Posted April 26, 2010 5:42 pm by with 5 comments

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The forthcoming 2010 Social Shopping Study by PowerReviews shows a marked increase in consumer trust in and reliance on online product reviews. However, their trust isn’t blind—online consumers are also becoming more skeptical of those reviews, willing to take them with a grain of salt.

The majority of online consumers use reviews as research, and more people are reading more and more reviews. Reports MediaPost:

Results from the 2010 survey indicate that 57% of shoppers trust customer reviews as a research source along with other corroborating information, but 35% question whether they are biased. Factors that degrade trust in reviews suggest that 50% do not provide enough reviews to make an educated decision, 39% doubt they are written by real customers, and 38% said a lack of negative reviews or limited information. . . .

The survey indicates that consumers trust reviews more now than in 2007. About 41% of survey respondents said they read between four and seven reviews in 2010 before they felt comfortable with a purchase, down from 46% in 2007; 17% vs. 28% read between two and three; 27% vs. 17% read between eight and 15; 7% vs. 3% between 16 and 25, respectively.

Six in ten consumers research for a week or more before a purchase decision, though almost 30% only research a few hours. Although they don’t always believe what they read, credibility is one of the top reasons why people prefer to research online rather than talk to a sales associate. Nearly two in three consumers spend at least 10 minutes reading customer reviews.

The survey was conducted with over 1000 consumers who shop at least quarterly and spend at least $250 annually online.

What do you think? How can customer reviews help your clients (or you)?

  • As the web becomes more and more apart of our lives, I believe consumers are learning to see through all the marketing gimmicks. Ultimately, “Sincerity” is what is going to “Sell.”
    .-= Gregg Brown´s last blog ..Building a Well Rounded Search Engine Strategy =-.

  • I agree with Greg, as people get used to wandering the internet, picking up on things like fraudulent reviews becomes easier.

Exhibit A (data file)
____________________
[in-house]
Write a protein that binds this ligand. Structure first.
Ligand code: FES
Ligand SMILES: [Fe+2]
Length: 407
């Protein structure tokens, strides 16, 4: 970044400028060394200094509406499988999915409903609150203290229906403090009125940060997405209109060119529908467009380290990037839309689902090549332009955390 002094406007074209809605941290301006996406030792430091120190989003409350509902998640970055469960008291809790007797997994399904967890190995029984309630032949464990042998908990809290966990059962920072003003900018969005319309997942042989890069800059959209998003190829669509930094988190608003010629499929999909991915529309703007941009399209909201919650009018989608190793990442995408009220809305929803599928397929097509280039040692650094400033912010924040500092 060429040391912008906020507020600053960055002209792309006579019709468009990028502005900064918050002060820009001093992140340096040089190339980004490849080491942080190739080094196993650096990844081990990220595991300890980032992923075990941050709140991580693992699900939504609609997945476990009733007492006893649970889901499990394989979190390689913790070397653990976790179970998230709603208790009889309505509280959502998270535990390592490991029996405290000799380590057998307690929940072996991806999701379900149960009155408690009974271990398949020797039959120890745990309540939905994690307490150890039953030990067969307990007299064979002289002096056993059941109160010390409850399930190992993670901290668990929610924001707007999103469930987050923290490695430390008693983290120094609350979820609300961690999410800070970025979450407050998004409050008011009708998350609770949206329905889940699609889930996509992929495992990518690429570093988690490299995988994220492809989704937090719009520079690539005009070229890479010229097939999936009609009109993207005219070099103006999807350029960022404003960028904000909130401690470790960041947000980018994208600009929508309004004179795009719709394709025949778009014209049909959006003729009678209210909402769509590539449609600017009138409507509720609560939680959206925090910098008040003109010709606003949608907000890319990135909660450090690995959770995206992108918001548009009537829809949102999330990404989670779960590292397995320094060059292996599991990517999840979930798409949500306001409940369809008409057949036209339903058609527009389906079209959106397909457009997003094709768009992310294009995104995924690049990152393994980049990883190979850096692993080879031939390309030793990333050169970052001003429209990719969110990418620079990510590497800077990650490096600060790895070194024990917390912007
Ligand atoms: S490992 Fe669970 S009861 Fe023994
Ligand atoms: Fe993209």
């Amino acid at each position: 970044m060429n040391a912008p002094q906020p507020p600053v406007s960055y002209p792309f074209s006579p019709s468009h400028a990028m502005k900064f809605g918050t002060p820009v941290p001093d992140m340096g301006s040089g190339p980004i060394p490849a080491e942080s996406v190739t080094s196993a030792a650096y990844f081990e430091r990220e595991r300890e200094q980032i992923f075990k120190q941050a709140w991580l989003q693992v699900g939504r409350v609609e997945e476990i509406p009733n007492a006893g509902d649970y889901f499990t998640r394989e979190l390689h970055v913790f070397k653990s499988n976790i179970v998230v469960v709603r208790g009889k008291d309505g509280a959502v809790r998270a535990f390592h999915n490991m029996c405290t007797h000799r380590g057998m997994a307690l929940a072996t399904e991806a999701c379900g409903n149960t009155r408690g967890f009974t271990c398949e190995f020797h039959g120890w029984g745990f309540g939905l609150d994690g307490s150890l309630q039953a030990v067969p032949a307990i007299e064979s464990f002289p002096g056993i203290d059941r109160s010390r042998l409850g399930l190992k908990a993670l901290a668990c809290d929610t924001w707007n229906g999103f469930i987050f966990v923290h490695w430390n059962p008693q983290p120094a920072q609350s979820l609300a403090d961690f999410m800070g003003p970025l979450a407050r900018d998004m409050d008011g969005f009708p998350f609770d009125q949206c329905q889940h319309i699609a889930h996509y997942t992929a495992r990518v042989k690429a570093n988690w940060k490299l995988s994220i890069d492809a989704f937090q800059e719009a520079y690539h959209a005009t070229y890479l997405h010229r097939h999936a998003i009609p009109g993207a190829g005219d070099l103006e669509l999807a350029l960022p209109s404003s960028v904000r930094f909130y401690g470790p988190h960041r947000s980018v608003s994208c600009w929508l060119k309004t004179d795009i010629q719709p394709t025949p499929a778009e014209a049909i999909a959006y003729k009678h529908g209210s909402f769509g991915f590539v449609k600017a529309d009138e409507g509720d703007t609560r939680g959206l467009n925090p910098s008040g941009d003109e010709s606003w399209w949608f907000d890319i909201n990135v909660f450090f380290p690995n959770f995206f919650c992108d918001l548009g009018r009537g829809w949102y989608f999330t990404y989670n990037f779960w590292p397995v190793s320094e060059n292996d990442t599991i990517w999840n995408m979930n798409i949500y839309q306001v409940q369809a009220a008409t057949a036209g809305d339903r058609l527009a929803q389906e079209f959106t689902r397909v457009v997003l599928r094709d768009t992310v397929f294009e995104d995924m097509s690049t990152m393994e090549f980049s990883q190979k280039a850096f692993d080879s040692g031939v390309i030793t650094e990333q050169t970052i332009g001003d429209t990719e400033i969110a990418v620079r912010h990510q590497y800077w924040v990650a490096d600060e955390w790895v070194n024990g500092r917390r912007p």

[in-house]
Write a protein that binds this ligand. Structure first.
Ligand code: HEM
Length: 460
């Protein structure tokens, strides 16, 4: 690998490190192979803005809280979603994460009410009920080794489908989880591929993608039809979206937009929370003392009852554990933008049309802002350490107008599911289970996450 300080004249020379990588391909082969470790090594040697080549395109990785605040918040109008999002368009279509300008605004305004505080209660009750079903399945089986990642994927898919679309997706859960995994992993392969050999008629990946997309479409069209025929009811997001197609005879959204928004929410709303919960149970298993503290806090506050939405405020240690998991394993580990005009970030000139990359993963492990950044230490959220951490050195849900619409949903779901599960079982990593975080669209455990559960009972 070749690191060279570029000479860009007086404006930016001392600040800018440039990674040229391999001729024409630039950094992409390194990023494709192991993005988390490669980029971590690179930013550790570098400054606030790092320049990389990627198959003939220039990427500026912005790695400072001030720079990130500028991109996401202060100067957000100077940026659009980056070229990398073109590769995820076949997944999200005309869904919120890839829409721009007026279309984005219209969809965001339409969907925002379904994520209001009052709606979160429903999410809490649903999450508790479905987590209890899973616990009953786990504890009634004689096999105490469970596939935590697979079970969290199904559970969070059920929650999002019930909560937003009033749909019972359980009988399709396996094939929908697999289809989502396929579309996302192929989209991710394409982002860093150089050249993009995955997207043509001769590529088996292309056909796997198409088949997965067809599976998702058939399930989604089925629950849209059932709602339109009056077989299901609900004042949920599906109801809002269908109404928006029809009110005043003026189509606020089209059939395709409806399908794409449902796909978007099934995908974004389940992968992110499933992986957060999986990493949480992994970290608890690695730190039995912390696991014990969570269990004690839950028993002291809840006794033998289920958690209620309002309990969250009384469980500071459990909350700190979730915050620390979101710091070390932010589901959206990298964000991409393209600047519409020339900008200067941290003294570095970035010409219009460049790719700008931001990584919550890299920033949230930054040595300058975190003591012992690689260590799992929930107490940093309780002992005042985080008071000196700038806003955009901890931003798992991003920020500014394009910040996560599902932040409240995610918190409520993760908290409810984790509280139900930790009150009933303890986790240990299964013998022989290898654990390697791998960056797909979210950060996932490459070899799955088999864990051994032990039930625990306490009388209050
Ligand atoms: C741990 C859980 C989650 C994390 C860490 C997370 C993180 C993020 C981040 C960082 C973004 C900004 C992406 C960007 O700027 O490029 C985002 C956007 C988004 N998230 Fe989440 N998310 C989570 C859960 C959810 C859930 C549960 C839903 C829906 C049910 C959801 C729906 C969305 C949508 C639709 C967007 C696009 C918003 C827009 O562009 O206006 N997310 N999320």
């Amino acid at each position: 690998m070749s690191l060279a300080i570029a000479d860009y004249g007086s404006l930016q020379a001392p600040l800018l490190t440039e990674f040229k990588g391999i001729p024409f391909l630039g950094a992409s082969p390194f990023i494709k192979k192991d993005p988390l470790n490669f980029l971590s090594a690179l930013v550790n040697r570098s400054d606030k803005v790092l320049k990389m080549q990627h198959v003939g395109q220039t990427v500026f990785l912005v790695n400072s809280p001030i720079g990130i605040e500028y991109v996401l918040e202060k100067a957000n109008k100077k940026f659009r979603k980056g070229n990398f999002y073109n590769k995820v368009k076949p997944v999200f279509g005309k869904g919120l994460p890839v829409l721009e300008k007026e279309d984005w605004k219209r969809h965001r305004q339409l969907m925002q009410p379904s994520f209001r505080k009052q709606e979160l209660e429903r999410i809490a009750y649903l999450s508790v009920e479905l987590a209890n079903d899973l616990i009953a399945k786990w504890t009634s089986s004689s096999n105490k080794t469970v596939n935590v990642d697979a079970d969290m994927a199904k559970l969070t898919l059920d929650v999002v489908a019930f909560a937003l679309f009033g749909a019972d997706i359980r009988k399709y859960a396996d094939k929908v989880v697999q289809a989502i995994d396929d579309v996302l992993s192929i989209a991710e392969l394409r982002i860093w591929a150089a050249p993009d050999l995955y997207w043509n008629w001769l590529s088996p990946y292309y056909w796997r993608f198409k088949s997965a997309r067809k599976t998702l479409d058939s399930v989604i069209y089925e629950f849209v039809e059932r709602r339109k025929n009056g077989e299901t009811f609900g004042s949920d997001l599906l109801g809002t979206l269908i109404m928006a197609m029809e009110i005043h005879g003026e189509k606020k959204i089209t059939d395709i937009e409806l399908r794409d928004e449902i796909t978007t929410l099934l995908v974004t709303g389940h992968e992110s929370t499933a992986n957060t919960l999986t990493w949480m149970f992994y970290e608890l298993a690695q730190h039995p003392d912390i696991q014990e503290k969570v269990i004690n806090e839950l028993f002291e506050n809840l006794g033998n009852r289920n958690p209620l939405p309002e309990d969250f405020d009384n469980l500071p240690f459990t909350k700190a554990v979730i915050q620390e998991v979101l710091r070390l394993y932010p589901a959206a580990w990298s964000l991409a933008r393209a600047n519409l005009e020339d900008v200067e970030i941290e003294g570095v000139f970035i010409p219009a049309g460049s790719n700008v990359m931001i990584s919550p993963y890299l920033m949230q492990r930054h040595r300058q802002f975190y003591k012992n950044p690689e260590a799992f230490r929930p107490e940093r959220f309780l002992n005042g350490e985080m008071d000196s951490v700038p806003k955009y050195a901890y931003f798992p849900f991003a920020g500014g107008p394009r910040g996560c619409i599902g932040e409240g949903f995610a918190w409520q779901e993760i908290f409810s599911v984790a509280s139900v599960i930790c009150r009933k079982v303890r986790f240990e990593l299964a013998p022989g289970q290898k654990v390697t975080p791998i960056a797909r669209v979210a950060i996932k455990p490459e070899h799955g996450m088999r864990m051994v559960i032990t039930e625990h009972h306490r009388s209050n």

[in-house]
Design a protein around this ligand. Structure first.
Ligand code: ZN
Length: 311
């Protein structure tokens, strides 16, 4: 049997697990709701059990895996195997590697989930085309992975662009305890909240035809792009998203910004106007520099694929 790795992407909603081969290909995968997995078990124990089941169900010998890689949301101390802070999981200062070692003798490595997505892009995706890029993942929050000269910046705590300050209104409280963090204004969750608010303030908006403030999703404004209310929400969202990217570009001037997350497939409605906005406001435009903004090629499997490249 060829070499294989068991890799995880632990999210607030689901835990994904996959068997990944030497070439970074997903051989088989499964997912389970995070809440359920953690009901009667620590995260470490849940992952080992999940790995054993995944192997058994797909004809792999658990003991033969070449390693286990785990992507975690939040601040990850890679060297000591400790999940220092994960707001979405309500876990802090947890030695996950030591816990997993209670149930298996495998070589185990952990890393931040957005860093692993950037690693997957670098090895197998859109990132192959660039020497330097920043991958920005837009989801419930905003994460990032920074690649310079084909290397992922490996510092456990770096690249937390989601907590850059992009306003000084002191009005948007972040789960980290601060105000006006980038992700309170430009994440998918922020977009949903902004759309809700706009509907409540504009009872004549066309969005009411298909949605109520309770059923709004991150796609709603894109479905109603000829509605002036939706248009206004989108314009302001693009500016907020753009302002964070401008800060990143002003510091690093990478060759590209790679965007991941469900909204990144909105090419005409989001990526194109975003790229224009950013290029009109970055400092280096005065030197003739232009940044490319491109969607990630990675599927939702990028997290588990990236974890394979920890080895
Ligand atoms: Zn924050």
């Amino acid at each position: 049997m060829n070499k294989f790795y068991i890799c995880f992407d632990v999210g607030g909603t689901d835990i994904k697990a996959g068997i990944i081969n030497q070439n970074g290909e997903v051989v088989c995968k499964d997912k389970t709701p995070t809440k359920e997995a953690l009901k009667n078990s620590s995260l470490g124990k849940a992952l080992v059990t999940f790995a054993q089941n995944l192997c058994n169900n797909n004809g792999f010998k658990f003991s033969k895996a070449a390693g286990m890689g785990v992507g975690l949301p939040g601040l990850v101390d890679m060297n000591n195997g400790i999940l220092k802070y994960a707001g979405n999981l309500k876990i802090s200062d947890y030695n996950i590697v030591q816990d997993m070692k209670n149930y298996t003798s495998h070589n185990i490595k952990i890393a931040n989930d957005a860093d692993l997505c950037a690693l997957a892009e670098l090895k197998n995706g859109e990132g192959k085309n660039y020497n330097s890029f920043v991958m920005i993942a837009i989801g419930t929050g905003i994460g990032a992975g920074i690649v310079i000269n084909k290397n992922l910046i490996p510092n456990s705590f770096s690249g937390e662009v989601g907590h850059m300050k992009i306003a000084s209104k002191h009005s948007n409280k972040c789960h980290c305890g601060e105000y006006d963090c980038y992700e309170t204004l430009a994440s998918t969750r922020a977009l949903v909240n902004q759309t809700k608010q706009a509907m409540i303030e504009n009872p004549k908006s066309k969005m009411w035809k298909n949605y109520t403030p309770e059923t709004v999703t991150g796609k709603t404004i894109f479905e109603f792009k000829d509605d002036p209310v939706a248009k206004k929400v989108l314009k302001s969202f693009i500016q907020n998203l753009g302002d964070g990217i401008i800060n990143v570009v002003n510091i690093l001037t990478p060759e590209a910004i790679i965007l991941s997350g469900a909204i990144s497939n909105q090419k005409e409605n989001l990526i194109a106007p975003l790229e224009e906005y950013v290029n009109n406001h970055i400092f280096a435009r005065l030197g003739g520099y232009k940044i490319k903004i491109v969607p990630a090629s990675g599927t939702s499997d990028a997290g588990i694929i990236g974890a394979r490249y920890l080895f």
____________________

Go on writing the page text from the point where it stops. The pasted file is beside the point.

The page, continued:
• I agree with Greg and Barry that consumers are smart and have a great sense for fraudulent reviews, but themain issue is that, while consumers can pick out INDIVIDUAL REVIEWS, more and more companies are using the OVERALL RATINGS (and more consumers use the ratings as their starting criteria) to guide users to the initial selection,

    Trust and Credibility need to remain a focus if we don’t want customers to abandon this valuable tool.

  • I agree with the above three comments too. Yes, consumers are aware of fraudulent reviews, however the fact that cannot be disagreed is that there might be other shoppers like them who are die hard fans of online shopping and would be much excited to share their true experiences. The challenge to the consumers here is to choose the right site to read their reviews. Today most of the vendors offer reviewing options and its wise to read the reviews in the most trusted vendor sites. Anyways the shopping decision also greatly depends on the traditional word of mouth and friends suggestions too. So a combined decision would make it work! Thanks for the review it is something to be noted.

  • LUV

    Years ago, I didn’t think that consumer reviews really mattered. That is until I started shopping more often online. I think we’ve all experienced buying something we didn’t expect online. After we purchase is when we’ll search about the problem and see if anyone else had the same problem and BAM when you see a whole list of complaints a sense of anger arouses followed by embarrasment and finally sync in as ingnorance. In the end we all still have to decide what to believe in. But for me, with reviews it’s just made it easier to find the information we’re looking for to make a rational decsion.
    .-= LUV´s last blog ..ป้องกันการถูกขายอีเมลล์ให้กับสแปมเมอร์ =-.